> referring to EventHandler/Delegate classes, rather that the actual
    > listener which creates such classes, which does not have access to the
    > listener's private state.
    >
    > Kline Sphere (Chalk) MCNGP #3
    Alex, May 20, 2004
    #5
  6. >some one suggested that there is a way and that is passing a reference
    >to the private member through the event parameters.


    You can use reflection to get back to creating class. With refection
    you can access private data of the parent - this is mad, and breaks
    the concept of oop.

    However, you seem to be missing the point. The actual 'method'
    assigned to a delegate does not belong to the delegate, but to class
    instance that created the delegate instance. The delegate class cannot
    [directly] access data in the creating class, nor can the delegated
    method access [directly] private data in the delegate class instance
    itself. This is how it should be, and represents a much more cleaner
    approach than using raw pointers (even with typedefs), as is the case
    with C++, to implement a publisher\subscriber paradigm.

    In a nutshell, all that is happening is that the delegate is calling a
    method of one of it's members, i.e. the method.

    >But I still think that
    >the use of events is not a native concept of OOP and I was just curious
    >about that integration.


    It is a very well thought out approach

    >The use of events helps a lot, so my question is only for curiosity.


    They sure do, maybe have a go (using win32 sdk) at writing a win32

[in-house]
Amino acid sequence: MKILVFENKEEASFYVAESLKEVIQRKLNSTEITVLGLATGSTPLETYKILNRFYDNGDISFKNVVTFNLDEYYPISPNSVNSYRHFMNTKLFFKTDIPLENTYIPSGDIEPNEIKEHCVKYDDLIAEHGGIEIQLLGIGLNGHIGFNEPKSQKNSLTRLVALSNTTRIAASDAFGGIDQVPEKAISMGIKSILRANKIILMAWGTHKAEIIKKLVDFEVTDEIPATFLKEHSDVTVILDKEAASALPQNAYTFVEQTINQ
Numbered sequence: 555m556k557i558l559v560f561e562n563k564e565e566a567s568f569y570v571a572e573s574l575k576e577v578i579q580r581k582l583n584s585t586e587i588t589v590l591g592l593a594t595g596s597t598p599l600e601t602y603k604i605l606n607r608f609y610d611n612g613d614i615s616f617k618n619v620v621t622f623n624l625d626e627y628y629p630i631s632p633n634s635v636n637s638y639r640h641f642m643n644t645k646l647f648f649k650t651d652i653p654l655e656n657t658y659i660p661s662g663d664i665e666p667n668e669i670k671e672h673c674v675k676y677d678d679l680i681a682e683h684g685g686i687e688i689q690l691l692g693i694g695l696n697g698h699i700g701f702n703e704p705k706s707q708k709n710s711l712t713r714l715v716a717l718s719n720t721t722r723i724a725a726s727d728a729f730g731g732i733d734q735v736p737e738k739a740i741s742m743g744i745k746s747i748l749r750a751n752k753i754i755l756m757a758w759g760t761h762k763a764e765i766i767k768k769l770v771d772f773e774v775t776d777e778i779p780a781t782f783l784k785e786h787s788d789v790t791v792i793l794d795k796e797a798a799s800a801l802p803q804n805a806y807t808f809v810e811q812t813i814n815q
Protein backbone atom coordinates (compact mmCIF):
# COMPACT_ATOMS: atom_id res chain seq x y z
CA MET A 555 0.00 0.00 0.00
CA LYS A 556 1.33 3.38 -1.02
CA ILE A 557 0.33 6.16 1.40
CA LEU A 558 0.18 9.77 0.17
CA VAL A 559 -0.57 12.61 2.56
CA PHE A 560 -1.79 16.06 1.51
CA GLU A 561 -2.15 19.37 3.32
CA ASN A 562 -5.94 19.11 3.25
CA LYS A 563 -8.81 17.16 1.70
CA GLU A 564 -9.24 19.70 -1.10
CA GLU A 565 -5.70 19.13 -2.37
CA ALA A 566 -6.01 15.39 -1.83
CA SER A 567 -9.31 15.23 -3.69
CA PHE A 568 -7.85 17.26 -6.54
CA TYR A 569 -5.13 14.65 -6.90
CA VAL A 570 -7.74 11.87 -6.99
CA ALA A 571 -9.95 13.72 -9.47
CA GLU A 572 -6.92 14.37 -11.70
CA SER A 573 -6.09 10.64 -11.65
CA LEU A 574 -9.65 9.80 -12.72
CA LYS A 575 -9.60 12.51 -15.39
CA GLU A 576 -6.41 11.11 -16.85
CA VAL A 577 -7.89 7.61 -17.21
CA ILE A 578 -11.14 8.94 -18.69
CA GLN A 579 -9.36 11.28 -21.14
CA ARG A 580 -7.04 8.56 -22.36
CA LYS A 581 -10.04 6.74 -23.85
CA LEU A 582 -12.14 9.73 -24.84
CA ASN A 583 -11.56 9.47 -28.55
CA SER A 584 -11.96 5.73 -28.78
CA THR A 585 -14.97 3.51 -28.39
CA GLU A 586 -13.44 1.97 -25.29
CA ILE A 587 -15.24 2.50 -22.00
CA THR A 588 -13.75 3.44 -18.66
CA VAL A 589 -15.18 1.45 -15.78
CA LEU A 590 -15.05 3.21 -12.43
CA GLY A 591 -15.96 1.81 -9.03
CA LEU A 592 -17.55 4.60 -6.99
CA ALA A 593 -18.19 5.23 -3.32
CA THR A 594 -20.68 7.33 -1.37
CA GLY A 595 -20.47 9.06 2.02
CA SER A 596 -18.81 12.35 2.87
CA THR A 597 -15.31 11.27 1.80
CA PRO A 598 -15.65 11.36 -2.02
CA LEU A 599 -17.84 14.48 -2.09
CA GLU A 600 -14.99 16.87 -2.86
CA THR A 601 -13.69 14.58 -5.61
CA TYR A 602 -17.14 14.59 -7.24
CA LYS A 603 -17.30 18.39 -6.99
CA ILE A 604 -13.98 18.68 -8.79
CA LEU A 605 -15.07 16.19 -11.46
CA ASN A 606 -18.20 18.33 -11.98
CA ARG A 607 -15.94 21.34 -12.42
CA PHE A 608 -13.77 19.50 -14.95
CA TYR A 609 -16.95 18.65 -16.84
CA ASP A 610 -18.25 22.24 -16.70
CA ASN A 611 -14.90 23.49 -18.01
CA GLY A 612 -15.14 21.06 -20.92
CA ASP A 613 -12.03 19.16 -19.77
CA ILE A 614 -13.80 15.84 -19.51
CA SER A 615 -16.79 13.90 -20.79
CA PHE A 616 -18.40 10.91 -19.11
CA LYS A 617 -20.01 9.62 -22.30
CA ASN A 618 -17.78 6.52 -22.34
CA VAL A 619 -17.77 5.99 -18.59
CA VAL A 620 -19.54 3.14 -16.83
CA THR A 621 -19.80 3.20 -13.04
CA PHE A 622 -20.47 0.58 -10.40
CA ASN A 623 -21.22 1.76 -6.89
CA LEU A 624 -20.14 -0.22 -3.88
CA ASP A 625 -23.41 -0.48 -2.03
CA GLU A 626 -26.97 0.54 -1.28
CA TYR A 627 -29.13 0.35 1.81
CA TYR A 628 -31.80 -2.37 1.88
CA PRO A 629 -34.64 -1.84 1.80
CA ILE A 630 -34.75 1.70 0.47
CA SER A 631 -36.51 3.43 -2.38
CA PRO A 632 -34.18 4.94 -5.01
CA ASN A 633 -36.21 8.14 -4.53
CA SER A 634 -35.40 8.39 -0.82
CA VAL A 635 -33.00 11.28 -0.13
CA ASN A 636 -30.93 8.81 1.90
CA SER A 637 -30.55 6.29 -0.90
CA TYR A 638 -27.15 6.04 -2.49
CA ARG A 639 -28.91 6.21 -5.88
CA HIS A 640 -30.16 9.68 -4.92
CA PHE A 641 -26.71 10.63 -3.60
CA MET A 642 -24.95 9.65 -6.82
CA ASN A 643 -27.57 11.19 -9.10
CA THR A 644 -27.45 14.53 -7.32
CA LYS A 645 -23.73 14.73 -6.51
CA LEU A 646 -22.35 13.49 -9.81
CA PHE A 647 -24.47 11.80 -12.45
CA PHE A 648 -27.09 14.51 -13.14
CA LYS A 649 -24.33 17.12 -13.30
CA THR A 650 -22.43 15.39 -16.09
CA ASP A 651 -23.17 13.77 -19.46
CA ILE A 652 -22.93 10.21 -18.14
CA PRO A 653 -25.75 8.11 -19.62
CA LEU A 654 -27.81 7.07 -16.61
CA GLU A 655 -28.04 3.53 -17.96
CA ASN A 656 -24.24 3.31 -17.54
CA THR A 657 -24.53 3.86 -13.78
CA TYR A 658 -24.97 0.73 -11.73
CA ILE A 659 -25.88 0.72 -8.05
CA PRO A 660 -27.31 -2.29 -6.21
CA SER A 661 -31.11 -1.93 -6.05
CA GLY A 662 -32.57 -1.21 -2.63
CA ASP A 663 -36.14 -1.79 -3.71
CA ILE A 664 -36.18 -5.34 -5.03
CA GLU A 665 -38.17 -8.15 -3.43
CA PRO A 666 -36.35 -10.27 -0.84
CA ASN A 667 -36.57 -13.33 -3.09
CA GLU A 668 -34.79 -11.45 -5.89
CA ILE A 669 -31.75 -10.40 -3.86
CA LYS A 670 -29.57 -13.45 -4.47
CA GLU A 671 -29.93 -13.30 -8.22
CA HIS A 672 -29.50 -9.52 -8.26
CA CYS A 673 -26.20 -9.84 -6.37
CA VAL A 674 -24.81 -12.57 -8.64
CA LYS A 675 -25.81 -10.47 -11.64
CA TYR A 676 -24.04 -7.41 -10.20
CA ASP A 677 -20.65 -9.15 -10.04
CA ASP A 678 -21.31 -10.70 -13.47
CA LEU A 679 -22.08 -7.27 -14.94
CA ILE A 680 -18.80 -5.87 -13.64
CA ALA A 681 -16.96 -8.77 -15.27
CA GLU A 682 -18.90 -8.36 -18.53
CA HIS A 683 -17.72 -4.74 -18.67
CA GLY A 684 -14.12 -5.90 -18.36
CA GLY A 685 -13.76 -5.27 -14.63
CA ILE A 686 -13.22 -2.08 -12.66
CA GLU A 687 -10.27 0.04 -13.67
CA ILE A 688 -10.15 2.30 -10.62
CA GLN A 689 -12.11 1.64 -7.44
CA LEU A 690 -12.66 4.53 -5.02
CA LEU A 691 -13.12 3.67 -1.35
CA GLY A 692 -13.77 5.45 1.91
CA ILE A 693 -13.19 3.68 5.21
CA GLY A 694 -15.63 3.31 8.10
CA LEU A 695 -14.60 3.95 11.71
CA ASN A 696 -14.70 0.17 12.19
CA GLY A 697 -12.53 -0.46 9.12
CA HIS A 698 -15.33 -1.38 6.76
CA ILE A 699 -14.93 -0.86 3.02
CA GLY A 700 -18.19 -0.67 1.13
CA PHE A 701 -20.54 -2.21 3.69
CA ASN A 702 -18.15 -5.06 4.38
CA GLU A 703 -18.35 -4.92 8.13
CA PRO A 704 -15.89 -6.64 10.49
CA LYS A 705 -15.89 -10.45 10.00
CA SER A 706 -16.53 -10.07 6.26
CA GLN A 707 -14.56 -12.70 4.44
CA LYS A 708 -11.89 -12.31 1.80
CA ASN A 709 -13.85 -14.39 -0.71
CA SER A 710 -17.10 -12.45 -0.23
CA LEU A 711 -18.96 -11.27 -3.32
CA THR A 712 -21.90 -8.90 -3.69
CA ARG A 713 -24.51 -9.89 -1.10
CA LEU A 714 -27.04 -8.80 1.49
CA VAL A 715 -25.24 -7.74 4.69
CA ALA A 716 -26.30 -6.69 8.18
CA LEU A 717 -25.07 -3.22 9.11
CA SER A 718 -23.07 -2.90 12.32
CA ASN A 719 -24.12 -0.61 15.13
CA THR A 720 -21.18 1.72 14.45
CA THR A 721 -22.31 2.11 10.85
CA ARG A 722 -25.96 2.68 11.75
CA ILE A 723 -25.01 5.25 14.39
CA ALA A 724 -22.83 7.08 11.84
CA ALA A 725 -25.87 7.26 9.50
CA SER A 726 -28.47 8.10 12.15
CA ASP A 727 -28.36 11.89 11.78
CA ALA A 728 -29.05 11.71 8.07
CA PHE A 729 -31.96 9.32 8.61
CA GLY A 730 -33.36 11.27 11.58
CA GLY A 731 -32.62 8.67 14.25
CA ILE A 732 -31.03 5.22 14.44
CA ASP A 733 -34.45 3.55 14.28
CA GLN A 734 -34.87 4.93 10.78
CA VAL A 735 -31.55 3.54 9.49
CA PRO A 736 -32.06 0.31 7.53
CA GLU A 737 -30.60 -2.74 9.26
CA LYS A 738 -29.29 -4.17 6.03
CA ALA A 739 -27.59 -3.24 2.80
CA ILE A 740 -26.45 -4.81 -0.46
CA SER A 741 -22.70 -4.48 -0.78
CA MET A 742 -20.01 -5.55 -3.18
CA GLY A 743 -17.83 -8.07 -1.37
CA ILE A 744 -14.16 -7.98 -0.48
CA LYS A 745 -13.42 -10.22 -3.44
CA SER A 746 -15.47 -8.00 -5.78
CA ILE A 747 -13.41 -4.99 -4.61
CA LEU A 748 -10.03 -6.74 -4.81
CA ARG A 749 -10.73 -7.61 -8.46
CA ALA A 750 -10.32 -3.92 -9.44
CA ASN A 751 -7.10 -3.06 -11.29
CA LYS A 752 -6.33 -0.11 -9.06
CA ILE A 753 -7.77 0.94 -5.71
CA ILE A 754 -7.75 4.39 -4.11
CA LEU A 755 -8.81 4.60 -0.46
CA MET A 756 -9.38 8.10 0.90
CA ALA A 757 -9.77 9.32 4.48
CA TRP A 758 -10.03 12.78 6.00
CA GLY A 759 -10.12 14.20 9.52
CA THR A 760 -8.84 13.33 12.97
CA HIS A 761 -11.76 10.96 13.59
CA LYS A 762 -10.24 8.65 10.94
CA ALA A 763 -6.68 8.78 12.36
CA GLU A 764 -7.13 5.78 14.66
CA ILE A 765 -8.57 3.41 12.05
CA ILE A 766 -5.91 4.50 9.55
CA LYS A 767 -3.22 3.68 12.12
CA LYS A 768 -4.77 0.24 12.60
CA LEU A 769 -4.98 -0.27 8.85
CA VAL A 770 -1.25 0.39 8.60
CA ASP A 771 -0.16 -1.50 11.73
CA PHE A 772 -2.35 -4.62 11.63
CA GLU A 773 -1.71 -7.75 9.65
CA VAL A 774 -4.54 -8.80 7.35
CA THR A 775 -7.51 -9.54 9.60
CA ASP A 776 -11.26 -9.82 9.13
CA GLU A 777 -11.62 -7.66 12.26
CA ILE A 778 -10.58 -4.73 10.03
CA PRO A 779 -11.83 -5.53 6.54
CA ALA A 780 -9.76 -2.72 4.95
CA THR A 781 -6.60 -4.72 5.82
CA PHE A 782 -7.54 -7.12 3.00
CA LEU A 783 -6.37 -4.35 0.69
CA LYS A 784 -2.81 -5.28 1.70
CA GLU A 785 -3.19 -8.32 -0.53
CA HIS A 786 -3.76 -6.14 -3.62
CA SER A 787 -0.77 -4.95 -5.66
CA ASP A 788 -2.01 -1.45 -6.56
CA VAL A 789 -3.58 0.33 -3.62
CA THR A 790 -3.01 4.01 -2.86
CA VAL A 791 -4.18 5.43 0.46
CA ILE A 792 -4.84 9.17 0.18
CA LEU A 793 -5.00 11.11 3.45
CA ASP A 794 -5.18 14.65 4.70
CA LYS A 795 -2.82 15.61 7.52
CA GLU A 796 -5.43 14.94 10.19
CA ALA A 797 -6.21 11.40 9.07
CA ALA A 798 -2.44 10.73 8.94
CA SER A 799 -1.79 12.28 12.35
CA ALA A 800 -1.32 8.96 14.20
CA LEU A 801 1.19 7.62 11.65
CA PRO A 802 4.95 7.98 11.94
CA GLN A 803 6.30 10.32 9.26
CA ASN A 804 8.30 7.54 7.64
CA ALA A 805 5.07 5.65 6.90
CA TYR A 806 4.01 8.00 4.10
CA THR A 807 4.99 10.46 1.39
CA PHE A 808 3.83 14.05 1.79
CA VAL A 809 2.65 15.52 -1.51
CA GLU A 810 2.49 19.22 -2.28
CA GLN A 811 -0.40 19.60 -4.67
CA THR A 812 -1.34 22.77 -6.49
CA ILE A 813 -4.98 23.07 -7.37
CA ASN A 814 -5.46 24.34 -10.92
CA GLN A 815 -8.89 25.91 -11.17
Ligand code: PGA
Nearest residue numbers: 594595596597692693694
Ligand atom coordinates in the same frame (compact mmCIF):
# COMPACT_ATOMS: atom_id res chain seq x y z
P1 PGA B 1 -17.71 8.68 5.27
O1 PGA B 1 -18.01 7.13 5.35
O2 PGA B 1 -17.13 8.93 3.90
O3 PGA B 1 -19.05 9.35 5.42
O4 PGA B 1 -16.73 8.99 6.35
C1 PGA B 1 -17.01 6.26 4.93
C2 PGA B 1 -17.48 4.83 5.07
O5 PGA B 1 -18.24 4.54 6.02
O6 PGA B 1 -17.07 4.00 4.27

window's app or COM component in C (or even C++) and see how messy
    things become!

    Kline Sphere (Chalk) MCNGP #3
    The Poster Formerly Known as Kline Sphere, May 20, 2004
    #6
  7. Alex

    Alex Guest

    I agree with you, with one exception....I am not missing the point ;-)

    "The Poster Formerly Known as Kline Sphere" <.> wrote in message
    news:...
    > >some one suggested that there is a way and that is passing a reference
    > >to the private member through the event parameters.

    >
    > You can use reflection to get back to creating class. With refection
    > you can access private data of the parent - this is mad, and breaks
    > the concept of oop.
    >
    > However, you seem to be missing the point. The actual 'method'
    > assigned to a delegate does not belong to the delegate, but to class
    > instance that created the delegate instance. The delegate class cannot
    > [directly] access data in the creating class, nor can the delegated
    > method access [directly] private data in the delegate class instance
    > itself. This is how it should be, and represents a much more cleaner
    > approach than using raw pointers (even with typedefs), as is the case
    > with C++, to implement a publisher\subscriber paradigm.
    >
    > In a nutshell, all that is happening is that the delegate is calling a
    > method of one of it's members, i.e. the method.
    >
    > >But I still think that
    > >the use of events is not a native concept of OOP and I was just curious
    > >about that integration.

    >
    > It is a very well thought out approach
    >
    > >The use of events helps a lot, so my question is only for curiosity.

    >
    > They sure do, maybe have a go (using win32 sdk) at writing a win32
    > window's app or COM component in C (or even C++) and see how messy
    > things become!
    >
    > Kline Sphere (Chalk) MCNGP #3
    Alex, May 21, 2004
    #7